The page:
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Gay and Lesbian Applicants Not Favored for Jobs in Both Private, Public Sector

by Bidita Debnath on  April 10, 2015 at 3:04 AM Research News   - G J E 4
A study shows that gay and lesbian job seekers regularly face discrimination in both private firms and the public sector. The study found that gay applicants of both sexes are 5% less likely to be offered a job interview than heterosexual applicants with comparable skills and experience in England.
Gay and Lesbian Applicants Not Favored for Jobs in Both Private, Public Sector
Gay and Lesbian Applicants Not Favored for Jobs in Both Private, Public Sector
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The firms that offer interviews to gay male candidates pay an average salary of 2% less than those who invite heterosexuals for interview. For lesbian women, the average salary is 1.4% less.

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"Despite measures to encourage openness and discourage discrimination, including the introduction of the Equality Act of 2010, it is evident from my research that gays and lesbians are encountering serious misconceptions and barriers in the job market," said Dr. Nick Drydakis, lead researcher from the Anglia Ruskin University.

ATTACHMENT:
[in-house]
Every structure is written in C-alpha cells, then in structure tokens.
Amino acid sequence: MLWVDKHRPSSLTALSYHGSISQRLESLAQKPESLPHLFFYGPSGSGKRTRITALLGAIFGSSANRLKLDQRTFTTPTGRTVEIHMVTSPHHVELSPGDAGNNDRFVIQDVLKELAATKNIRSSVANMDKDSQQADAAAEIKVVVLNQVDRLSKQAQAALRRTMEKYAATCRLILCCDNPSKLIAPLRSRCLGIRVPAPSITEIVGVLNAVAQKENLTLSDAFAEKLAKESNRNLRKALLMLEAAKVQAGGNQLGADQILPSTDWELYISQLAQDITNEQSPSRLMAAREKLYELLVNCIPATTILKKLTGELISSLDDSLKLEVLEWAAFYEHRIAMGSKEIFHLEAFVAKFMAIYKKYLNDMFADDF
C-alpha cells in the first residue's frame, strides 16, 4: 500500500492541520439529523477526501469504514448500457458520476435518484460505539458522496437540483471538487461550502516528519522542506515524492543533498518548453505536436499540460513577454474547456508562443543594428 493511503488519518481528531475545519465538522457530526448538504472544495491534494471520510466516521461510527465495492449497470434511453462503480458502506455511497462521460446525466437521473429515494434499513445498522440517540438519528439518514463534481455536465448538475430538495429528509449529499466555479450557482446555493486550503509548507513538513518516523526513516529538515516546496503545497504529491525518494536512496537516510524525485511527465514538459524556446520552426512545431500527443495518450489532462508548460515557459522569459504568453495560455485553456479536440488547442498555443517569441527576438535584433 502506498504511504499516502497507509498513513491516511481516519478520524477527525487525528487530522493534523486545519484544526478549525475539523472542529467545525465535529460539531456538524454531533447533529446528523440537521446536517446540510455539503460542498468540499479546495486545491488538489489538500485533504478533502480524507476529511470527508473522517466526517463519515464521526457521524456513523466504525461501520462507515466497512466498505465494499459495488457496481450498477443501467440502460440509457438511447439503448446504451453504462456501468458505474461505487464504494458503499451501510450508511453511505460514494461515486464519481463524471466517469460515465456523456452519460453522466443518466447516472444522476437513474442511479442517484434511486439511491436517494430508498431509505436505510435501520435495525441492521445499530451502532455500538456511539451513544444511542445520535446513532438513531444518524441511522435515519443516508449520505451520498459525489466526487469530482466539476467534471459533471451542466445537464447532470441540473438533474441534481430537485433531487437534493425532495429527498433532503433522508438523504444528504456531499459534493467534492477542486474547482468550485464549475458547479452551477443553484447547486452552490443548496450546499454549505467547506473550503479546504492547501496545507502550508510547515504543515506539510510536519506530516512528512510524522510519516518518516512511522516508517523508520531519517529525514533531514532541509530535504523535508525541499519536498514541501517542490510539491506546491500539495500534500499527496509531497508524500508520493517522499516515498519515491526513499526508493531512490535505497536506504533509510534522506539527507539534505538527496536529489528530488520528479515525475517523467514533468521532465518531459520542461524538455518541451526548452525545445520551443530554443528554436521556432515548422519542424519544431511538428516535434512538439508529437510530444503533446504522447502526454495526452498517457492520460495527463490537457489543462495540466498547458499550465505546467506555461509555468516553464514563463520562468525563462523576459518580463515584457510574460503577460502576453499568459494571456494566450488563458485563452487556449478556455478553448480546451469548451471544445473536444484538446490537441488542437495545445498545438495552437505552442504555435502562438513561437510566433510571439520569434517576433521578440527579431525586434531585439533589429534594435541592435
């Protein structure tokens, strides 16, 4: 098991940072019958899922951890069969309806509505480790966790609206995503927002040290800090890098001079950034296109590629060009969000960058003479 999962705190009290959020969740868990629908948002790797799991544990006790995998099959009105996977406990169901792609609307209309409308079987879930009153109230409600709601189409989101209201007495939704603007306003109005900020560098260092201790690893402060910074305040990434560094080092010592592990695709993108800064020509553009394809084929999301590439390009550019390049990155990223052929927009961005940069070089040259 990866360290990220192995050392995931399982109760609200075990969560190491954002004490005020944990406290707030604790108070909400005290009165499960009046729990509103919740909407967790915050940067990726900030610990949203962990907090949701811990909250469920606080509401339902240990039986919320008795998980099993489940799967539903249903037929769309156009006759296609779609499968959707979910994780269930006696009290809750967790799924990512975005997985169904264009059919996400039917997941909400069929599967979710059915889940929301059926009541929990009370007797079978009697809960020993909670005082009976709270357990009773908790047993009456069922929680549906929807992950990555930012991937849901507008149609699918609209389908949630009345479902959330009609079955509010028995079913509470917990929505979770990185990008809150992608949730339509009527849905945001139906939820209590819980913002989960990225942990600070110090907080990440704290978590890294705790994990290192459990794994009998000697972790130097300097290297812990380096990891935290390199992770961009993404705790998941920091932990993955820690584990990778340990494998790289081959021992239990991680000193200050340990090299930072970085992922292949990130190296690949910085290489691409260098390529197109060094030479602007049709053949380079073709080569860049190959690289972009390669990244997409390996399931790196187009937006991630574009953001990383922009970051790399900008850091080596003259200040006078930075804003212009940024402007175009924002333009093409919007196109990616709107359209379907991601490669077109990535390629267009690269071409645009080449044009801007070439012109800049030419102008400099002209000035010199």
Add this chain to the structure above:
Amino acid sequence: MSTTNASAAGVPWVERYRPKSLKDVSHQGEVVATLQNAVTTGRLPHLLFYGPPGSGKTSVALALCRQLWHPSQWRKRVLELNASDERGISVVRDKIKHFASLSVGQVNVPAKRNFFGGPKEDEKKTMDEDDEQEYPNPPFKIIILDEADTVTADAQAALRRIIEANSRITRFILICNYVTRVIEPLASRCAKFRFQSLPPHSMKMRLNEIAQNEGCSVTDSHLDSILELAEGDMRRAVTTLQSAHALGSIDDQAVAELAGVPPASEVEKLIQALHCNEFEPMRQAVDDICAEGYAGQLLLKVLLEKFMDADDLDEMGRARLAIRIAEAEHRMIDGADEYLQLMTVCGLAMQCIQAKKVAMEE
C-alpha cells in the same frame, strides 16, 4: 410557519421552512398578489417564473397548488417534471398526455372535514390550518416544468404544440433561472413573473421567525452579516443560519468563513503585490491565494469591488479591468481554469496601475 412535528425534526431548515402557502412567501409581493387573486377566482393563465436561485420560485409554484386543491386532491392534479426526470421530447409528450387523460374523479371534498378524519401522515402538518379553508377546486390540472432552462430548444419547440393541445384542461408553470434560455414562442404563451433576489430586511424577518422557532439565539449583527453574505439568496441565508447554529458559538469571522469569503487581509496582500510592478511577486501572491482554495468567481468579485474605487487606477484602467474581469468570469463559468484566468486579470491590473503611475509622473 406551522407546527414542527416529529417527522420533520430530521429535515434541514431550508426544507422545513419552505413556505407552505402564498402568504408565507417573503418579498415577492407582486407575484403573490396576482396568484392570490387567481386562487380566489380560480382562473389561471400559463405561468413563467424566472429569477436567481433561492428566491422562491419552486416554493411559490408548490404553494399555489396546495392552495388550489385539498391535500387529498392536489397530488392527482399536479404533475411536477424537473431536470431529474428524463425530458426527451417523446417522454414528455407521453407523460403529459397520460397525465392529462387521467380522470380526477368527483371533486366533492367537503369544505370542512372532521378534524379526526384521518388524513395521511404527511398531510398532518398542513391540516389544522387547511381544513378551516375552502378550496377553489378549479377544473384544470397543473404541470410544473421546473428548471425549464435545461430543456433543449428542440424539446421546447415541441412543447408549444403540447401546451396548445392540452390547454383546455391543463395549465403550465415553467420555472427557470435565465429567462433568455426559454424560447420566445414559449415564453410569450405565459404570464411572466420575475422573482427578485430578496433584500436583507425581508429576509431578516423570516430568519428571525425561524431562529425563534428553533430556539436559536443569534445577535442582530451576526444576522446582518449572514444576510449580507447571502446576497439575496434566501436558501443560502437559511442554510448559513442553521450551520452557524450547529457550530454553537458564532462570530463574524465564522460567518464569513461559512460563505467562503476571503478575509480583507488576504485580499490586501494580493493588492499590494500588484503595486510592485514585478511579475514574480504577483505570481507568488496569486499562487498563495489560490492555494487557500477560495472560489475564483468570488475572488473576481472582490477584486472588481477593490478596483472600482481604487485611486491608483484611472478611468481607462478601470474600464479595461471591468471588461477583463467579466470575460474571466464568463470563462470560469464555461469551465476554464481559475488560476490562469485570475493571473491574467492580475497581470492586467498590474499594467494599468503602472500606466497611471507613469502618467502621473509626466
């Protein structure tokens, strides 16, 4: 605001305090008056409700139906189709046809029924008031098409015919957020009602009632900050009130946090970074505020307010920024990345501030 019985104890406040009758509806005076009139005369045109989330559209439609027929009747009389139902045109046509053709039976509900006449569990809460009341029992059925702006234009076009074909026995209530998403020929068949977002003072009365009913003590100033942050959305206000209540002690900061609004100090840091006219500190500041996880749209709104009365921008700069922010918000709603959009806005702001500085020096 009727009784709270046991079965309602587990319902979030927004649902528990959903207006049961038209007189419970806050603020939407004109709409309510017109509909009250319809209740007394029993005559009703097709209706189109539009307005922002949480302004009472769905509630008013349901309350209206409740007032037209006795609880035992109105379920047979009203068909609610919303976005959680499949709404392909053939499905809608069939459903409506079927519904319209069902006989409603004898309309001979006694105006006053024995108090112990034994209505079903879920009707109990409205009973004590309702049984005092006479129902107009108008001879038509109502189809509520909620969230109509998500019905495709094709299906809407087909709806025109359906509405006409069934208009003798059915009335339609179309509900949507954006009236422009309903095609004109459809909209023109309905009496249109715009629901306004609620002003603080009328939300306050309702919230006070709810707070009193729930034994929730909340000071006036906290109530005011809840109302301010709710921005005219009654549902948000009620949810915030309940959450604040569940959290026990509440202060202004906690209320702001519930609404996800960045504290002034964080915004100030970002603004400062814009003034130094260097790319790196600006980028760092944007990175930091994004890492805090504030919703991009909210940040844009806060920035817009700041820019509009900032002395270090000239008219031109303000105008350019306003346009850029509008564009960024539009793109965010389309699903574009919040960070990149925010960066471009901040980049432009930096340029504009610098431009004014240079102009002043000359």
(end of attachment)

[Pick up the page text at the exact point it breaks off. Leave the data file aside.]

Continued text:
Gay men receive the fewest invitations for interviews in traditionally male-dominated occupations (accounting, banking, finance and management jobs). Lesbians receive the fewest invitations for interviews in traditionally female-dominated occupations (social care, social services and charity jobs).

In the accounting, banking, finance and management sector, the study found 74 occasions when only the heterosexual candidate was offered an interview and not the gay male candidate with comparable skills and experience, but no instances of only the gay male candidate being offered an interview.

Similarly, there were 63 examples when only heterosexual women were offered an interview in the social care, social services and charity sector, but no examples of only the lesbian candidate being offered an interview.

The research involved 144 young people, all first-time job seekers, making 11,098 applications.

"It is also clear that people who face biased treatment in the hiring process must spend more time and resources finding jobs, and firms lose potential talent as a result of biased hiring," Drydakis concluded.

The findings were published in the journal Human Relations.

Source: IANS
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